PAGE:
How to Build a Girl
by Hope Madden
There may be nothing braver than an open heart. That kind of bravery accompanies a lack of cynicism that makes others hide their eyes. It is also what drives Coky Giedroyc’s big screen depiction of Caitlin Moran’s memoir (adapted by Moran herself), How to Build a Girl.
Though events have been condensed and details changed (including the main character’s name), Moran’s inimitable upbeat and insightful voice remains, finding its ideal avatar in Booksmart’s Beanie Feldstein.
Feldstein is Johanna, unrepentantly resilient odd duck. Friendless, in love with life, desperate for an adventure, Johanna is the fearless hero in this quest. Feldstein, aside from a few struggles with the accent, commands your attention and very best wishes. You root out loud for her.
After a local TV spot as student poet turns mortifying, Johanna’s brother (one of four) suggests she audition for a London magazine’s “gunslinger” opening as music critic. She unironically writes up a piece on the soundtrack to Broadway’s “Annie”—which nabs her an interview, but only as a joke. Undeterred, she overwhelms the smarmy hipsters into an assignment.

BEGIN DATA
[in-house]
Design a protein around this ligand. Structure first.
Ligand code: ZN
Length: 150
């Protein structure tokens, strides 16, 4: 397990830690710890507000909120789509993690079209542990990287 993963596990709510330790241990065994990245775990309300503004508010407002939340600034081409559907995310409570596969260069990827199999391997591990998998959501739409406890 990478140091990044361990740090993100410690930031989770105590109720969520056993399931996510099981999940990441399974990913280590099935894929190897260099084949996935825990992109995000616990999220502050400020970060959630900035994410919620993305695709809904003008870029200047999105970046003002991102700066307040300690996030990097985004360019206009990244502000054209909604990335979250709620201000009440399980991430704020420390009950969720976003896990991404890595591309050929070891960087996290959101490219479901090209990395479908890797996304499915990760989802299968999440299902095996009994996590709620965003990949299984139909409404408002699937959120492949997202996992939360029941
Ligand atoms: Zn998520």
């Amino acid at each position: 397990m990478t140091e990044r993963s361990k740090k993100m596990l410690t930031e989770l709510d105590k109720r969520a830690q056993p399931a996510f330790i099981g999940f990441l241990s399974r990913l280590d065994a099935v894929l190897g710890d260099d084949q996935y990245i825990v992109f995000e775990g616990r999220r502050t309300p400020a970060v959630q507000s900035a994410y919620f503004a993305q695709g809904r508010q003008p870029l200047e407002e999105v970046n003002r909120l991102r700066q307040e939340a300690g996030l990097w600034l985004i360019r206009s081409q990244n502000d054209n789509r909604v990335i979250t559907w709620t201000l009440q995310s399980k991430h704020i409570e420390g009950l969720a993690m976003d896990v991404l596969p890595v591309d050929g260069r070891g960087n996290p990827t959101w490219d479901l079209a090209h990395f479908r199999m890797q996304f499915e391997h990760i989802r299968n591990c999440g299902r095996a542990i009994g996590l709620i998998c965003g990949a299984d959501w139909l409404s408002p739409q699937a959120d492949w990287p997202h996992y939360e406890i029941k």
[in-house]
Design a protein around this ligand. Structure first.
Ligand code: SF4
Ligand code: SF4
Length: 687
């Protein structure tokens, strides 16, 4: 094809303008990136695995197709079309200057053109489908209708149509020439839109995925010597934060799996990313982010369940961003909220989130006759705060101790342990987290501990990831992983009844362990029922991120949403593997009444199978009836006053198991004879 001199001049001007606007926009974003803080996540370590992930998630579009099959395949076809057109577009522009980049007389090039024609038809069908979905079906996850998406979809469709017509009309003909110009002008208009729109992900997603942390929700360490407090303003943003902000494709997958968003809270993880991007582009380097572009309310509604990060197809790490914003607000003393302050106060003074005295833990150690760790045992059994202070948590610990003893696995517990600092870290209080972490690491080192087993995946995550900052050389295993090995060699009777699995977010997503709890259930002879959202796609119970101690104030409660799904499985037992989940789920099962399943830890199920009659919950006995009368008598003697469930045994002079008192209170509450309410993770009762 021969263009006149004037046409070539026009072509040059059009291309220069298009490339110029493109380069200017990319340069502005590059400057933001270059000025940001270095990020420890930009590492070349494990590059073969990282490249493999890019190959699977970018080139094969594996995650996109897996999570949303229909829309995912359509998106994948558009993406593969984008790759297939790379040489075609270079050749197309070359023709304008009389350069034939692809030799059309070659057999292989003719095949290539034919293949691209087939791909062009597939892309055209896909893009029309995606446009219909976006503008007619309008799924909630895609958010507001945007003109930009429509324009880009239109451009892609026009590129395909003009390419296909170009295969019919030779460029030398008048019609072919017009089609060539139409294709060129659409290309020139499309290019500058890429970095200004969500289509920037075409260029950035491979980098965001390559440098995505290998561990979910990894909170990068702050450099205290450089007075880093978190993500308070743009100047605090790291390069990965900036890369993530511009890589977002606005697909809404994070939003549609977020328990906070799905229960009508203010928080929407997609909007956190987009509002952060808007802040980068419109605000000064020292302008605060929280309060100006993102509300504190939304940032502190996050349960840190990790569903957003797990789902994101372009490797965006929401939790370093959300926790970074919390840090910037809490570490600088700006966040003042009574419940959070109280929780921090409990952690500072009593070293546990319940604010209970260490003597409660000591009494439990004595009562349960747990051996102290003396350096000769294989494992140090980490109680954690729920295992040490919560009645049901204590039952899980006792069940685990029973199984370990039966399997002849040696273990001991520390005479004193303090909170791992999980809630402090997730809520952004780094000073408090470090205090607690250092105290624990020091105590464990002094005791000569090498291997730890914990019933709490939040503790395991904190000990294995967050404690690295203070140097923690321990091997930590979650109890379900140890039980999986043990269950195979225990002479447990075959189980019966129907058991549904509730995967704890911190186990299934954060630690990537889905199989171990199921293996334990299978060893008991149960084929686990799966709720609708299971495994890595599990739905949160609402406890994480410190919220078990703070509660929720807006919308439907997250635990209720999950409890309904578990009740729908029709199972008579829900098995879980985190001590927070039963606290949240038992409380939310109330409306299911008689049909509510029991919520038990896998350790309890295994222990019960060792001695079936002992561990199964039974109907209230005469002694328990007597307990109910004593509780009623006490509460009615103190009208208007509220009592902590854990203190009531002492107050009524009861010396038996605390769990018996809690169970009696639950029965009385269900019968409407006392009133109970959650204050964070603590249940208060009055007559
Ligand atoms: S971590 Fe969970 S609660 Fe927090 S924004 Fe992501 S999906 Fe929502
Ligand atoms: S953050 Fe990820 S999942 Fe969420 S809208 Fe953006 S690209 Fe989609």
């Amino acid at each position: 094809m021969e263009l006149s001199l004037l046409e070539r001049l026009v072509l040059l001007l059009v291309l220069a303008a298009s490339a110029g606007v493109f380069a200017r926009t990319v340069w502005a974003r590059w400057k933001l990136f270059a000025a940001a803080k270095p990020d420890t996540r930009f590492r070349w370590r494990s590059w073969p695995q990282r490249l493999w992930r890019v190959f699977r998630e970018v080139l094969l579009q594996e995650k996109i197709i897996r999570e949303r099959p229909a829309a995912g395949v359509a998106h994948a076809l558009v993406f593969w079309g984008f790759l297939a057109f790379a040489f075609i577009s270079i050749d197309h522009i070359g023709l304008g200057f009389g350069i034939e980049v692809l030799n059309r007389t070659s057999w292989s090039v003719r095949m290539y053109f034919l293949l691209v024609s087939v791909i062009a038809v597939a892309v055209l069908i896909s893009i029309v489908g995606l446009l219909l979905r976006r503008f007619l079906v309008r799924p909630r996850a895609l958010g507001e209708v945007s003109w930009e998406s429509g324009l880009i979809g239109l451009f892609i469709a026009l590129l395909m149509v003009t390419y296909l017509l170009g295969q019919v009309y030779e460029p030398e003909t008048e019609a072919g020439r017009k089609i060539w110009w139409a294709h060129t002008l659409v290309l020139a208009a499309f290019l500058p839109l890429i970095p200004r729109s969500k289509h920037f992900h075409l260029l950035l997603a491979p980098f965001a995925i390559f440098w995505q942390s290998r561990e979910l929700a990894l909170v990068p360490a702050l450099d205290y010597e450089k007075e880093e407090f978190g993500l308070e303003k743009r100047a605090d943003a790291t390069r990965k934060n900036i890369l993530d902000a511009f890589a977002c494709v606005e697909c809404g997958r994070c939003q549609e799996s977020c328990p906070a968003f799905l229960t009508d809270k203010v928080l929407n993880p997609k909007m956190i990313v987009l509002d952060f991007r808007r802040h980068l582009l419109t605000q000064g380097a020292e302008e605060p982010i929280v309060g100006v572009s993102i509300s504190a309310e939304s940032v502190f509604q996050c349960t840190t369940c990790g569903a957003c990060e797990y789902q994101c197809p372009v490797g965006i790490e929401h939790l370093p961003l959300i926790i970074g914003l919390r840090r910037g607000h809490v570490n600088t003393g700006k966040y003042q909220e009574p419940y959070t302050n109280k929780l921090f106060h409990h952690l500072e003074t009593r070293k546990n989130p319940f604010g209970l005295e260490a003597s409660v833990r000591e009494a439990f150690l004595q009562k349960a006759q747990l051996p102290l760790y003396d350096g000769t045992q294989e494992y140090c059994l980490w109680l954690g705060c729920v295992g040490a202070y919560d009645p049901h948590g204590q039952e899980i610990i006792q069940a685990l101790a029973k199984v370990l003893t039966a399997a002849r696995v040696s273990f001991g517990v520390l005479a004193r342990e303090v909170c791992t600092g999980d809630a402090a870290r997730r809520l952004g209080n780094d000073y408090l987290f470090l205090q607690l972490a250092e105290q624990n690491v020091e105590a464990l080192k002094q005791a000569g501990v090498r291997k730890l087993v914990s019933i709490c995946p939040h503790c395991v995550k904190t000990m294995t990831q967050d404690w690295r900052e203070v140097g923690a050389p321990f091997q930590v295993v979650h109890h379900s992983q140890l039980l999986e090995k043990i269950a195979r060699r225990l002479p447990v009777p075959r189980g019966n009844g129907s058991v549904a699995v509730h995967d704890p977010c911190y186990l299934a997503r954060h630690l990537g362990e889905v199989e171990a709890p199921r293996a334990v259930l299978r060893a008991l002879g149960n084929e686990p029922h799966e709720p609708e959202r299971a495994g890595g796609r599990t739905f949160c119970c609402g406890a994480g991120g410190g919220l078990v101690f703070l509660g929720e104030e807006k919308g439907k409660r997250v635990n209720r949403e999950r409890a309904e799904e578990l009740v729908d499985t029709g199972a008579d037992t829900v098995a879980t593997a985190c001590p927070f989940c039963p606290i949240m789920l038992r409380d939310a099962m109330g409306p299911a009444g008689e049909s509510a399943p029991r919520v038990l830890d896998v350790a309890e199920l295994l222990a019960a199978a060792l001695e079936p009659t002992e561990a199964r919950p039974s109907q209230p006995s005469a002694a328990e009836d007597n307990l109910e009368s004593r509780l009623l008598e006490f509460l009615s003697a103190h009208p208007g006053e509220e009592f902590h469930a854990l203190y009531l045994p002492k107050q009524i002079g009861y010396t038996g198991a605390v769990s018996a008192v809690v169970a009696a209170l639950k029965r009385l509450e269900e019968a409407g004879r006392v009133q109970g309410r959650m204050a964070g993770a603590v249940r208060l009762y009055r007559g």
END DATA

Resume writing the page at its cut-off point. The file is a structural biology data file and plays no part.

There are moments where How to Build a Girl transcends its coming-of-age trappings. Those are the moments when it directly quotes the book, giving us a peek inside the skill as a writer that will carry Johanna through it all.
The film bears a resemblance to Lady Bird, in which Feldstein portrayed shy bestie to Saoirse Ronan’s adolescent work-in-progress. Like Lady Bird, Johanna craves life outside her hometown. The two heroines also share a lovely knack for forgiveness (of self and others) as well as a strength for self-definition.
Feldstein’s work thus far (Neighbors 2, Lady Bird and, most notably, Booksmart) has announced her as the go-to for funny, brainy, less-than-popular teens—which is not to call her a one-trick pony. Part of her draw is her ability to carve out individuals, to recognize and unveil the human heart inside each girl. Her charisma is almost blinding in this film.
That’ll help you miss some of the weaker elements. Minor characters are allowed little opportunity to develop and the story feels boiled down to the most obvious plot points. There is nothing superficial about Johanna, but the film itself fails to dive far enough beneath the surface to do her justice.
Moran’s audacious humor sometimes feels muted, and that is an outright shame. Nonetheless, Feldstein’s a 1000 watt bulb who makes even the most ordinary scene glow happily. There is also something fearless in a film that decides it is up to every girl to build and rebuild herself in her own image.